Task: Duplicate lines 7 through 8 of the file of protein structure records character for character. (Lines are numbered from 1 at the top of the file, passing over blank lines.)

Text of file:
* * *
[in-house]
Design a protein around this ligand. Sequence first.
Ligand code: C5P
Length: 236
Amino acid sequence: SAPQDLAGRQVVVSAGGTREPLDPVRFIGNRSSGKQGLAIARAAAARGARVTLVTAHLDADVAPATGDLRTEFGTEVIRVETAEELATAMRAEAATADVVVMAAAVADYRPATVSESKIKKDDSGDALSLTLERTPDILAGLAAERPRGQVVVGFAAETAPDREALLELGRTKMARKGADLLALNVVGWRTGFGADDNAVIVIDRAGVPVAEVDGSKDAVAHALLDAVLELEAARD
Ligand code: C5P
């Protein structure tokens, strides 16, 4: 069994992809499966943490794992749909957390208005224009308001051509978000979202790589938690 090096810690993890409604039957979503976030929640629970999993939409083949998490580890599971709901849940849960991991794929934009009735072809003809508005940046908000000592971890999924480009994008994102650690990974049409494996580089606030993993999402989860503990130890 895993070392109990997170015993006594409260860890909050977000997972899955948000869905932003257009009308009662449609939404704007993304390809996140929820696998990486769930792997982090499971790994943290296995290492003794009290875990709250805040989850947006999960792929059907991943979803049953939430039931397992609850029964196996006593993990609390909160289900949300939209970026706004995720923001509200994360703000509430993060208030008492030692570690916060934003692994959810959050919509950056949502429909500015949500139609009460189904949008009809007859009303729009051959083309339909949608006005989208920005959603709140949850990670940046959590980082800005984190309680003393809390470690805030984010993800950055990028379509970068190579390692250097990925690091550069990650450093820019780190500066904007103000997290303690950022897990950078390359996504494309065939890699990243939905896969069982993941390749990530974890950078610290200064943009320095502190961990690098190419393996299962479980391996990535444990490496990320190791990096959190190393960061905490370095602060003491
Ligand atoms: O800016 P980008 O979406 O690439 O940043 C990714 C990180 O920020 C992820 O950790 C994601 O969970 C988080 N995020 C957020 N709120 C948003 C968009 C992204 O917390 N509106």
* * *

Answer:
């Protein structure tokens, strides 16, 4: 069994992809499966943490794992749909957390208005224009308001051509978000979202790589938690 090096810690993890409604039957979503976030929640629970999993939409083949998490580890599971709901849940849960991991794929934009009735072809003809508005940046908000000592971890999924480009994008994102650690990974049409494996580089606030993993999402989860503990130890 895993070392109990997170015993006594409260860890909050977000997972899955948000869905932003257009009308009662449609939404704007993304390809996140929820696998990486769930792997982090499971790994943290296995290492003794009290875990709250805040989850947006999960792929059907991943979803049953939430039931397992609850029964196996006593993990609390909160289900949300939209970026706004995720923001509200994360703000509430993060208030008492030692570690916060934003692994959810959050919509950056949502429909500015949500139609009460189904949008009809007859009303729009051959083309339909949608006005989208920005959603709140949850990670940046959590980082800005984190309680003393809390470690805030984010993800950055990028379509970068190579390692250097990925690091550069990650450093820019780190500066904007103000997290303690950022897990950078390359996504494309065939890699990243939905896969069982993941390749990530974890950078610290200064943009320095502190961990690098190419393996299962479980391996990535444990490496990320190791990096959190190393960061905490370095602060003491
Ligand atoms: O800016 P980008 O979406 O690439 O940043 C990714 C990180 O920020 C992820 O950790 C994601 O969970 C988080 N995020 C957020 N709120 C948003 C968009 C992204 O917390 N509106």